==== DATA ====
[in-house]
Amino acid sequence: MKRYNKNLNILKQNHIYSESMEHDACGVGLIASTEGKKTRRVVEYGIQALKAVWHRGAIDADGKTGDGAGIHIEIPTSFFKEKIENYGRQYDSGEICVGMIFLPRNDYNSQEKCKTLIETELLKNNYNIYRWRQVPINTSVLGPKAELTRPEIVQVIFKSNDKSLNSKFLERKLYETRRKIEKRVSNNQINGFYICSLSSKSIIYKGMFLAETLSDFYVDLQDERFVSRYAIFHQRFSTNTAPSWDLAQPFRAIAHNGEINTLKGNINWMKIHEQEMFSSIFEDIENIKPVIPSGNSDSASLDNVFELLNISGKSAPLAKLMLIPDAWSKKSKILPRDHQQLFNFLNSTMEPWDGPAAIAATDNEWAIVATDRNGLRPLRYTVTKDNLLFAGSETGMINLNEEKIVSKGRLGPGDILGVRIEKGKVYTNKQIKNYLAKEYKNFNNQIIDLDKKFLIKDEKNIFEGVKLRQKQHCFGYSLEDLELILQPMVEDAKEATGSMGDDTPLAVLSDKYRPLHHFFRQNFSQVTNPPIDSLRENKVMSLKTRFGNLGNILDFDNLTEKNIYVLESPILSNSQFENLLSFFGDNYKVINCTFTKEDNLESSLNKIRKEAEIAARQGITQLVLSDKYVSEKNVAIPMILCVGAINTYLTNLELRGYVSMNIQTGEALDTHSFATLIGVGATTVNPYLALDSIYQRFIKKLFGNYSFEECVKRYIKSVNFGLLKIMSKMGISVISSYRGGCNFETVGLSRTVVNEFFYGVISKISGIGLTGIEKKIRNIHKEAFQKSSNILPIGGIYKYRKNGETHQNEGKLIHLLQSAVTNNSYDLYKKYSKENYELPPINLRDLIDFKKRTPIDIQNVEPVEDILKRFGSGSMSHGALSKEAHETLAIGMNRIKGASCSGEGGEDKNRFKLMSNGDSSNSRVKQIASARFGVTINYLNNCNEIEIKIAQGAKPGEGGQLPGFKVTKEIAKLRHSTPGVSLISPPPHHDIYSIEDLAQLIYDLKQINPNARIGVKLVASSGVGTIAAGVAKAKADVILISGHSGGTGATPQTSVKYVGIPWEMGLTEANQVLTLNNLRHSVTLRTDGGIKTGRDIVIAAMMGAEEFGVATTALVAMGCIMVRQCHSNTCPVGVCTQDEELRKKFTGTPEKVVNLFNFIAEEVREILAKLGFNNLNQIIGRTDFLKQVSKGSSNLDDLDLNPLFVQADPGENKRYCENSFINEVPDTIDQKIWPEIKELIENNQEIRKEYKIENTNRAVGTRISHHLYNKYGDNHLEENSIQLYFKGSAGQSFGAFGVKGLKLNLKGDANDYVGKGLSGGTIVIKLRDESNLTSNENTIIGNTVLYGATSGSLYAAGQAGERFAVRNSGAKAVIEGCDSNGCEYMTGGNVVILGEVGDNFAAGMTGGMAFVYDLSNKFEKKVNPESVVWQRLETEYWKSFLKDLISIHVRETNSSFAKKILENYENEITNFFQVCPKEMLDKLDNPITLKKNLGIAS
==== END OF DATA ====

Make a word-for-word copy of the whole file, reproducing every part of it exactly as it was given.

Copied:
[in-house]
Amino acid sequence: MKRYNKNLNILKQNHIYSESMEHDACGVGLIASTEGKKTRRVVEYGIQALKAVWHRGAIDADGKTGDGAGIHIEIPTSFFKEKIENYGRQYDSGEICVGMIFLPRNDYNSQEKCKTLIETELLKNNYNIYRWRQVPINTSVLGPKAELTRPEIVQVIFKSNDKSLNSKFLERKLYETRRKIEKRVSNNQINGFYICSLSSKSIIYKGMFLAETLSDFYVDLQDERFVSRYAIFHQRFSTNTAPSWDLAQPFRAIAHNGEINTLKGNINWMKIHEQEMFSSIFEDIENIKPVIPSGNSDSASLDNVFELLNISGKSAPLAKLMLIPDAWSKKSKILPRDHQQLFNFLNSTMEPWDGPAAIAATDNEWAIVATDRNGLRPLRYTVTKDNLLFAGSETGMINLNEEKIVSKGRLGPGDILGVRIEKGKVYTNKQIKNYLAKEYKNFNNQIIDLDKKFLIKDEKNIFEGVKLRQKQHCFGYSLEDLELILQPMVEDAKEATGSMGDDTPLAVLSDKYRPLHHFFRQNFSQVTNPPIDSLRENKVMSLKTRFGNLGNILDFDNLTEKNIYVLESPILSNSQFENLLSFFGDNYKVINCTFTKEDNLESSLNKIRKEAEIAARQGITQLVLSDKYVSEKNVAIPMILCVGAINTYLTNLELRGYVSMNIQTGEALDTHSFATLIGVGATTVNPYLALDSIYQRFIKKLFGNYSFEECVKRYIKSVNFGLLKIMSKMGISVISSYRGGCNFETVGLSRTVVNEFFYGVISKISGIGLTGIEKKIRNIHKEAFQKSSNILPIGGIYKYRKNGETHQNEGKLIHLLQSAVTNNSYDLYKKYSKENYELPPINLRDLIDFKKRTPIDIQNVEPVEDILKRFGSGSMSHGALSKEAHETLAIGMNRIKGASCSGEGGEDKNRFKLMSNGDSSNSRVKQIASARFGVTINYLNNCNEIEIKIAQGAKPGEGGQLPGFKVTKEIAKLRHSTPGVSLISPPPHHDIYSIEDLAQLIYDLKQINPNARIGVKLVASSGVGTIAAGVAKAKADVILISGHSGGTGATPQTSVKYVGIPWEMGLTEANQVLTLNNLRHSVTLRTDGGIKTGRDIVIAAMMGAEEFGVATTALVAMGCIMVRQCHSNTCPVGVCTQDEELRKKFTGTPEKVVNLFNFIAEEVREILAKLGFNNLNQIIGRTDFLKQVSKGSSNLDDLDLNPLFVQADPGENKRYCENSFINEVPDTIDQKIWPEIKELIENNQEIRKEYKIENTNRAVGTRISHHLYNKYGDNHLEENSIQLYFKGSAGQSFGAFGVKGLKLNLKGDANDYVGKGLSGGTIVIKLRDESNLTSNENTIIGNTVLYGATSGSLYAAGQAGERFAVRNSGAKAVIEGCDSNGCEYMTGGNVVILGEVGDNFAAGMTGGMAFVYDLSNKFEKKVNPESVVWQRLETEYWKSFLKDLISIHVRETNSSFAKKILENYENEITNFFQVCPKEMLDKLDNPITLKKNLGIAS